After researching image sizes (Revisiting images formats for the web and Image formats for the web: HEIC and AVIF) and how to add new mime types to WordPress there is one final question to ask. How do we leverage responsive images and new image formats?
We have four image formats to experiment with:
Default where no other formats are supported
We still need the format because it is upported in all browsers |
| WebP | webp | Smaller file sizes than JPG.
Supported in all modern browsers. (caniuse entry) |
| HEIF | heif | Part of HEVC MPEG family of specifications.
Supported in Safari (macOS and iOS) |
| AVIF | avif | Part of AV1 specification.
Supported natively in Firefox (behind a flag) and in Chrome 85 and later (chromestatus entry).
Responsive images provide a client-side solution for delivering alternate image data based on device capabilities to prevent wasted bandwidth and optimize display for both screen and print. (Description is taken from the Responsive Images Community Group web site).
So the question is how we combine responsive images with all the formats we have available?
We will use the
picture element. In its most basic form, it includes one or more
source attributes and an
img that will work as a default when none of the image formats are supported.
In the example below, we use two
source child elements. The first one uses a media query to specify the argument that has to match and a
srcset to describe the images that we use based on screen resolution.
<picture> <source media="(min-width: 40em)" type="image/jpeg" srcset="big.jpg 1x, big-hd.jpg 2x"> <source type="image/jpeg" srcset="small.jpg 1x, small-hd.jpg 2x"> <img src="fallback.jpg" alt="" loading="lazy"> </picture>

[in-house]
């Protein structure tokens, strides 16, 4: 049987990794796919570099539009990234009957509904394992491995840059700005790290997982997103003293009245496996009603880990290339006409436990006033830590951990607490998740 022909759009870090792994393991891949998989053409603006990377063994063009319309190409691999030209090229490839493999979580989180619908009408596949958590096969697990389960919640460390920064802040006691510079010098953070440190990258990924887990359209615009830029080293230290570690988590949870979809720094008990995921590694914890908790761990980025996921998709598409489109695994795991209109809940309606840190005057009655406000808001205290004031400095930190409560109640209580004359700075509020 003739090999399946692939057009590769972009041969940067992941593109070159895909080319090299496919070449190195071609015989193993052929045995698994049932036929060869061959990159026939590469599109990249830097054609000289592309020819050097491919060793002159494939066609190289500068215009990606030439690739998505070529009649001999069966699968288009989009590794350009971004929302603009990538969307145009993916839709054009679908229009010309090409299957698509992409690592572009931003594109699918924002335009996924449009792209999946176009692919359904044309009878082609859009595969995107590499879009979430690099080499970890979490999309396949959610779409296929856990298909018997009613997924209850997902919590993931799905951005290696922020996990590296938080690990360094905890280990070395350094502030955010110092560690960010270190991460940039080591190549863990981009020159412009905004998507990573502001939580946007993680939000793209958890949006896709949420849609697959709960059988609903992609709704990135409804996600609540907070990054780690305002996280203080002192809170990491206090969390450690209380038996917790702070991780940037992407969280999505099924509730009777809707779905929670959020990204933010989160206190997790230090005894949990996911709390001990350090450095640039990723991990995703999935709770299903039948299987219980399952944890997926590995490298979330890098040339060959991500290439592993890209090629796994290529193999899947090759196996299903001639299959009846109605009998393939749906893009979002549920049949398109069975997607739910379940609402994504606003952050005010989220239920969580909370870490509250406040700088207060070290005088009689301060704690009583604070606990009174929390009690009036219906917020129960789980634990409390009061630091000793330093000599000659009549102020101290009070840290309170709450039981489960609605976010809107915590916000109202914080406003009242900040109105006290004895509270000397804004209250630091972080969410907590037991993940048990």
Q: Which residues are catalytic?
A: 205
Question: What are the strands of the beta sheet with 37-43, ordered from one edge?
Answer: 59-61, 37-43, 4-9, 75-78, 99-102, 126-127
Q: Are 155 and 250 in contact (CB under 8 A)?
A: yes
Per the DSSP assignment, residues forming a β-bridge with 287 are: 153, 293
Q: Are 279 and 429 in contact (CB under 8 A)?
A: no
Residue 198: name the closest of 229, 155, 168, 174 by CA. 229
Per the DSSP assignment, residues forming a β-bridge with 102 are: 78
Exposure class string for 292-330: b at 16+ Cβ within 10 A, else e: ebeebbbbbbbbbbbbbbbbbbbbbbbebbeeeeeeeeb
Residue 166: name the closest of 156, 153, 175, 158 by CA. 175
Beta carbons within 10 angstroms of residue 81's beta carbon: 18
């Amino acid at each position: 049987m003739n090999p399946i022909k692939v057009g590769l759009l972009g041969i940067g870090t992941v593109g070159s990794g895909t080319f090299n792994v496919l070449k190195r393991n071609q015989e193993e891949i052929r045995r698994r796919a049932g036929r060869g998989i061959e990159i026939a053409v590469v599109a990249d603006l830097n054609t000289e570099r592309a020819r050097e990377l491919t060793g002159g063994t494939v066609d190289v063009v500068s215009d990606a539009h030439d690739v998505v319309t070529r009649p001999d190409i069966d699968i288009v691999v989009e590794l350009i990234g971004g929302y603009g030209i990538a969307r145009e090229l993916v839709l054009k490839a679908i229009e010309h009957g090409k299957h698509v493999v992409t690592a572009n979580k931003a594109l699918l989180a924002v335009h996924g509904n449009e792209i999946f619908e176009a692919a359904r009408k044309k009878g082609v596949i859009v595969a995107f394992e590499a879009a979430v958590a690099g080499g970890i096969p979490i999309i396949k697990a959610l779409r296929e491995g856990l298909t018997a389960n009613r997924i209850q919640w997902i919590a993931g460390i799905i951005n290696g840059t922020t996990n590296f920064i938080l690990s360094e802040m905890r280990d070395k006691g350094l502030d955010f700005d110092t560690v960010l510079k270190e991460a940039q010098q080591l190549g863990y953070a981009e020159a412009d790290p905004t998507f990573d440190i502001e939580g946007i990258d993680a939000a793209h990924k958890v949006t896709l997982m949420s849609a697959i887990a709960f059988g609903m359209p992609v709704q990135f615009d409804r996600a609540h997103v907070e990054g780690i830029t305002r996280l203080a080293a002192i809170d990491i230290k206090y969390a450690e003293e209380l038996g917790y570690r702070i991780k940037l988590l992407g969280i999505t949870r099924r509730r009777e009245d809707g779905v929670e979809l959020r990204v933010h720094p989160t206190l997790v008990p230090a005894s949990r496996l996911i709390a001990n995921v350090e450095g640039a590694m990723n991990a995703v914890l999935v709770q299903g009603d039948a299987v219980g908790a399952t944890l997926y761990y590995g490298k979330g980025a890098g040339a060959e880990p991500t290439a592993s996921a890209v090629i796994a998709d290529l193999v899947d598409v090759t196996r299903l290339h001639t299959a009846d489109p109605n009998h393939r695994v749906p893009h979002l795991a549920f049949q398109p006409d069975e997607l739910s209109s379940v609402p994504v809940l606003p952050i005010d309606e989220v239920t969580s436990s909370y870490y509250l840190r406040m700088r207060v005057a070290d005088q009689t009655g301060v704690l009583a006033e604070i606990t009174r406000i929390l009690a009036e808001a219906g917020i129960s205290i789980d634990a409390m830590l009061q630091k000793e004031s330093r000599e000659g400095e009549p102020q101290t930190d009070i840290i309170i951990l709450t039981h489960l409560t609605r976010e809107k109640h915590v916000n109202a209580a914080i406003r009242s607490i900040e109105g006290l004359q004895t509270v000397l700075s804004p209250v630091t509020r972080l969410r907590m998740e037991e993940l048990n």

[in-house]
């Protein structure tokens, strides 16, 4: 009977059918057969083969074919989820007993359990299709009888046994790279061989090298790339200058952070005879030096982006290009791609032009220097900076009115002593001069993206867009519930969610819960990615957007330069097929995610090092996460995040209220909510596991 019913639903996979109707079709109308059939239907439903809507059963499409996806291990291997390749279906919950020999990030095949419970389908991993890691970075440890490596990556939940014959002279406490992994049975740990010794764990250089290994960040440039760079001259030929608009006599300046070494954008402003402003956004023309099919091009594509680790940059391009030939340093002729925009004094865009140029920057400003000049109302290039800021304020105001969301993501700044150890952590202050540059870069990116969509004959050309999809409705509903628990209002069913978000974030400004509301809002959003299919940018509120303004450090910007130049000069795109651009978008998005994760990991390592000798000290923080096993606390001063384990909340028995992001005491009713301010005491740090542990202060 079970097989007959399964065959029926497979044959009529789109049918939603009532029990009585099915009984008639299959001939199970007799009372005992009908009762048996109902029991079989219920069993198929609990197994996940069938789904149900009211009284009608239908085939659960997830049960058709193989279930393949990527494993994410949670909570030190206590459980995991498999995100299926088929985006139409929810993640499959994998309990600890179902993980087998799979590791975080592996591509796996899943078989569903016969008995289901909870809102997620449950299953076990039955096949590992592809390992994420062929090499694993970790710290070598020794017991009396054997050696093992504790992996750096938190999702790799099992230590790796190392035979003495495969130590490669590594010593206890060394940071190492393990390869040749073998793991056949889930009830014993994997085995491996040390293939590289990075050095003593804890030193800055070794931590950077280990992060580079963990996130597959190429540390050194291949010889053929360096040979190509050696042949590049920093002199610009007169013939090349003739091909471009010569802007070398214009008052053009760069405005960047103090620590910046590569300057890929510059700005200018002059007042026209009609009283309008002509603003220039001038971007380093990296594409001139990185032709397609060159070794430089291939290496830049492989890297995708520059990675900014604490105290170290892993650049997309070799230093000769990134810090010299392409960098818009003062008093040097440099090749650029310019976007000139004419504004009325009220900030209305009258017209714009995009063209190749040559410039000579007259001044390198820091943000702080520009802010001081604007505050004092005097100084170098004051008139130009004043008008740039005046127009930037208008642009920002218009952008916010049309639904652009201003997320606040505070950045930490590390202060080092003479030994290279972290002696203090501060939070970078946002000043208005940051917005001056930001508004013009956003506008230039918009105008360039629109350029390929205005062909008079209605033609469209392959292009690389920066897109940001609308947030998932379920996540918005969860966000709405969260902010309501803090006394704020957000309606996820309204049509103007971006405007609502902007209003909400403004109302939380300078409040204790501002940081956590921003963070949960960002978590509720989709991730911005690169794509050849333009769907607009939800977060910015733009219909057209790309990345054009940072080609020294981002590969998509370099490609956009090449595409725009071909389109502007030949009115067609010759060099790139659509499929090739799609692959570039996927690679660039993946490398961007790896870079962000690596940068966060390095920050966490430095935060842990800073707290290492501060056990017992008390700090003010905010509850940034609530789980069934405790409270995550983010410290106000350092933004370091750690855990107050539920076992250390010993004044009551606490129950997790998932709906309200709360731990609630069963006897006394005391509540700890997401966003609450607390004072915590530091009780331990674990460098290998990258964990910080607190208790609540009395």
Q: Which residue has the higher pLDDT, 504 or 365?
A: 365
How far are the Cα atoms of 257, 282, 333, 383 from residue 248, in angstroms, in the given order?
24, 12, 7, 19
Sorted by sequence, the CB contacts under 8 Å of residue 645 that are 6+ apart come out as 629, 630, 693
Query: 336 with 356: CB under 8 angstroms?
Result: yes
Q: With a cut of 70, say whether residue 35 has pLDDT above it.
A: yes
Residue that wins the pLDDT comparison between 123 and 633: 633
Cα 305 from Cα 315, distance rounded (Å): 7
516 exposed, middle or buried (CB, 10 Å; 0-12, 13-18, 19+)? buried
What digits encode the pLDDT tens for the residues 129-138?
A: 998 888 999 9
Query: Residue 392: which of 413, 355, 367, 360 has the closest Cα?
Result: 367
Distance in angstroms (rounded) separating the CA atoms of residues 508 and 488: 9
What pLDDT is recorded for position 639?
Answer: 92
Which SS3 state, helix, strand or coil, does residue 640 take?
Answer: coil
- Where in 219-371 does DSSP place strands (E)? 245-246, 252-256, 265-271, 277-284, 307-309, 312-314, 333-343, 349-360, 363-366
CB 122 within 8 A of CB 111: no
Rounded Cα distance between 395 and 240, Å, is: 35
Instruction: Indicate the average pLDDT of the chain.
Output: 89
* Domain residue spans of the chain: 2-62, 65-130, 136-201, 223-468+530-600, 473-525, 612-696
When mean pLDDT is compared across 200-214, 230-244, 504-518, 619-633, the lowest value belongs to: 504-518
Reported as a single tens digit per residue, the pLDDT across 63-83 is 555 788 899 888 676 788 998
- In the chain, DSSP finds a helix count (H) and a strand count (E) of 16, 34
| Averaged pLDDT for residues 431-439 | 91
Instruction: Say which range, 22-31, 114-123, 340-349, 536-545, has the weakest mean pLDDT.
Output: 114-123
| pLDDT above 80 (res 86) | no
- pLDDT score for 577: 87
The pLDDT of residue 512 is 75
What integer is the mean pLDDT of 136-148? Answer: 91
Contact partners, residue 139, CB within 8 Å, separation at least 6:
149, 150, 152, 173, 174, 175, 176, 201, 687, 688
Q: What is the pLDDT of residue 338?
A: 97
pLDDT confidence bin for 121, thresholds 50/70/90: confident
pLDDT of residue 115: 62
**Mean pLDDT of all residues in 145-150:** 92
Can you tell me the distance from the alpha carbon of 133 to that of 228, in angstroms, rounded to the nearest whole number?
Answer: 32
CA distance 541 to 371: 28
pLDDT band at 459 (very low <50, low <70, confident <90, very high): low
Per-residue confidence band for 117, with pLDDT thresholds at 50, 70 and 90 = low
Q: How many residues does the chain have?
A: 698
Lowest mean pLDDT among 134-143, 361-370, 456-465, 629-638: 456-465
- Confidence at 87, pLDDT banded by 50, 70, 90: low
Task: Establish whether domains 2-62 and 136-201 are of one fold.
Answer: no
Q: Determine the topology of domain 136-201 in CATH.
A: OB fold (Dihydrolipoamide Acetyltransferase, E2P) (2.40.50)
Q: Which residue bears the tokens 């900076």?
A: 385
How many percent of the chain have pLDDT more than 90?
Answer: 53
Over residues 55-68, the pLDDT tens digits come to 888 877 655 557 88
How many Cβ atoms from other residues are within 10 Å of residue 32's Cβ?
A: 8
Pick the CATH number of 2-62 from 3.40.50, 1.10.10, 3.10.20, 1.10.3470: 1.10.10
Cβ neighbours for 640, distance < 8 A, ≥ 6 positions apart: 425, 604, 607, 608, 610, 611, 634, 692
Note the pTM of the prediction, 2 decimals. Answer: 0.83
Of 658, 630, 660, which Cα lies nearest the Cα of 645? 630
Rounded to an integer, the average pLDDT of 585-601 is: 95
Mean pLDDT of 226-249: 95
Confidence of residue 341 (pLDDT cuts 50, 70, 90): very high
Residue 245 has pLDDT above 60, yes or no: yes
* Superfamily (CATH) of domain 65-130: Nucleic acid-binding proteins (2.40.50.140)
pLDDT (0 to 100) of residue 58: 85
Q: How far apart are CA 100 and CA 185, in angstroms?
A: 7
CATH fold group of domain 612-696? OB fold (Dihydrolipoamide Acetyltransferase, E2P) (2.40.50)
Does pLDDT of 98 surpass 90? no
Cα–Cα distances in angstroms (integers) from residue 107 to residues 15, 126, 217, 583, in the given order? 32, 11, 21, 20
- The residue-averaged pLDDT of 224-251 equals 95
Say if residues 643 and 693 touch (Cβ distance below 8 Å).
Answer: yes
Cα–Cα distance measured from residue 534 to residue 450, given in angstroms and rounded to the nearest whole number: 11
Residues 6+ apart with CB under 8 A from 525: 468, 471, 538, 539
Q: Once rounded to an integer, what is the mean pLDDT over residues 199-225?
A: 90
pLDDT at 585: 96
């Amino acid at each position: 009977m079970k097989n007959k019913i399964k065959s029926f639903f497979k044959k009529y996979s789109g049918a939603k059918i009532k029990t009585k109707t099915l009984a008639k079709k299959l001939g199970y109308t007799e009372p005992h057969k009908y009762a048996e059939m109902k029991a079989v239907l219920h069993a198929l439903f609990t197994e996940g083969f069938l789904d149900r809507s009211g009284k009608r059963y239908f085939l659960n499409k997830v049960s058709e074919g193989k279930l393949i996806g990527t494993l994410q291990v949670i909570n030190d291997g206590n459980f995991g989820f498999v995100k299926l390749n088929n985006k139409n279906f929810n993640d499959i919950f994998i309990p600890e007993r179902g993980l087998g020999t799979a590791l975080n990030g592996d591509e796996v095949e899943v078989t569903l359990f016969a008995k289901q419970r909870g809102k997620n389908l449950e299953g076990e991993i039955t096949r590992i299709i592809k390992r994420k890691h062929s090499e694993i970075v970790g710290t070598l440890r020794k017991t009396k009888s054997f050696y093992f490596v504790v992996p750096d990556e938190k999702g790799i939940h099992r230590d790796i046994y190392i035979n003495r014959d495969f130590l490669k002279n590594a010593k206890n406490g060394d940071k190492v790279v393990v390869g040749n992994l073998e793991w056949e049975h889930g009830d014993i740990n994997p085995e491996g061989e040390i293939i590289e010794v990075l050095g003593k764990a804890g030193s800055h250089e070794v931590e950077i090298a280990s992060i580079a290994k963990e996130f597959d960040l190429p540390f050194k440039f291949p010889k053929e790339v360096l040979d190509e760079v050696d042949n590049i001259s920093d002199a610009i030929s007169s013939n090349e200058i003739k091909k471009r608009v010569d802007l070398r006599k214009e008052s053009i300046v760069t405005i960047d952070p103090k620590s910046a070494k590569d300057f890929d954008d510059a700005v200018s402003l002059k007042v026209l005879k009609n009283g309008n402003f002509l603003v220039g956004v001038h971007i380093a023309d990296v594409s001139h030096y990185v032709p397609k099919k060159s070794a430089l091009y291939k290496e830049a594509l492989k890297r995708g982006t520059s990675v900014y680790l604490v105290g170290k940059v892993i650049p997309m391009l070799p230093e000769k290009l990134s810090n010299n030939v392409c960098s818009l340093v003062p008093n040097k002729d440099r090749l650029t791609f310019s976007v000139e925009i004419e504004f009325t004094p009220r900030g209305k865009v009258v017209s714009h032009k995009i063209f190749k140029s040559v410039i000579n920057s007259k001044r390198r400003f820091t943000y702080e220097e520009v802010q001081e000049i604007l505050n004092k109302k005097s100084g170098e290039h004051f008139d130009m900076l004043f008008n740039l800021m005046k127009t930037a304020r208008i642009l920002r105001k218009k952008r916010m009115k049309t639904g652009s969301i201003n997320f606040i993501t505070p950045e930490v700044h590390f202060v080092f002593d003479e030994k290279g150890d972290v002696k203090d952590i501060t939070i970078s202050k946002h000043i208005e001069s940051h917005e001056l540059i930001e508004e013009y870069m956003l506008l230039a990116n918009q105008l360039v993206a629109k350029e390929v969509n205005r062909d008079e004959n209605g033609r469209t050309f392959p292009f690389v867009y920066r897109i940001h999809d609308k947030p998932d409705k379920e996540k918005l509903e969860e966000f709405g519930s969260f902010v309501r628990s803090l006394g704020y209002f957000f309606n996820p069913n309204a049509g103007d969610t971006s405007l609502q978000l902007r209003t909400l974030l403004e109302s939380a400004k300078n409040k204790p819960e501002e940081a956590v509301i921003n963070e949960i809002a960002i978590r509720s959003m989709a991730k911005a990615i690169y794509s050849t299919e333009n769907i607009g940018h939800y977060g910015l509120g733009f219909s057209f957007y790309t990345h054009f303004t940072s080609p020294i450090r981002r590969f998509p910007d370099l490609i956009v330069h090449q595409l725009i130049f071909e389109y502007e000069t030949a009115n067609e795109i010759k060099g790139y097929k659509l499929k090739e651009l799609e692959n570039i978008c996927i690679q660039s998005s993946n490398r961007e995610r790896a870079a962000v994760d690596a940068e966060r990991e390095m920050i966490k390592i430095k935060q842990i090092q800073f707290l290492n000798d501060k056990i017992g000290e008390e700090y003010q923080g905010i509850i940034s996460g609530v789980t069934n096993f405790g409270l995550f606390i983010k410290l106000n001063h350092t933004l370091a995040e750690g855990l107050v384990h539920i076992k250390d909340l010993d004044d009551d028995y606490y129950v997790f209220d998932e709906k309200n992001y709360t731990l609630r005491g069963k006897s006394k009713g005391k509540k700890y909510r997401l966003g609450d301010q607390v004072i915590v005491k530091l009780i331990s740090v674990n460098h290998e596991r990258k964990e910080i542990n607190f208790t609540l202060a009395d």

So how do we combine the four formats that we want to use in a single picture element?
We take each format and use it in a source element and use it with the corresponding
type attribute to indicate the mime type for the content of the source.
<picture> <source type="image/heif" src="large.heif"> <source type="image/avif" src="large.avif"> <source type="image/webp" src="large.webp"> <img src="fallback.jpg" loading="lazy" alt="Large image of lake Tahoe"> </picture>
This will work fine but in Retina displays, the image will look awful because there are not enough pixels in the image to display it at the higher resolution. Instead of having a single
src attribute we add a
srcset and add the images we need to accommodate our resolution.
<picture> <source type="image/heif" srcset="large.heif 1x large-2x.heif 2x"> <source type="image/avif" srcset="large.avif 1x large-2x-avif 2x"> <source type="image/webp" srcset="large.webp 1x large2x.webp 2x"> <source type="image/jpeg" srcset="fallback.jpg 1x fallback-2x.jpg 2x" loading="lazy" alt="Large image of lake Tahoe"> </picture>
This is the basic code and the minimal number of images we need. We can use these as the starting point for other responsive images use cases as described in many articles and posts. My reference guide is Responsive Images Done Right: A Guide To <picture> And srcset.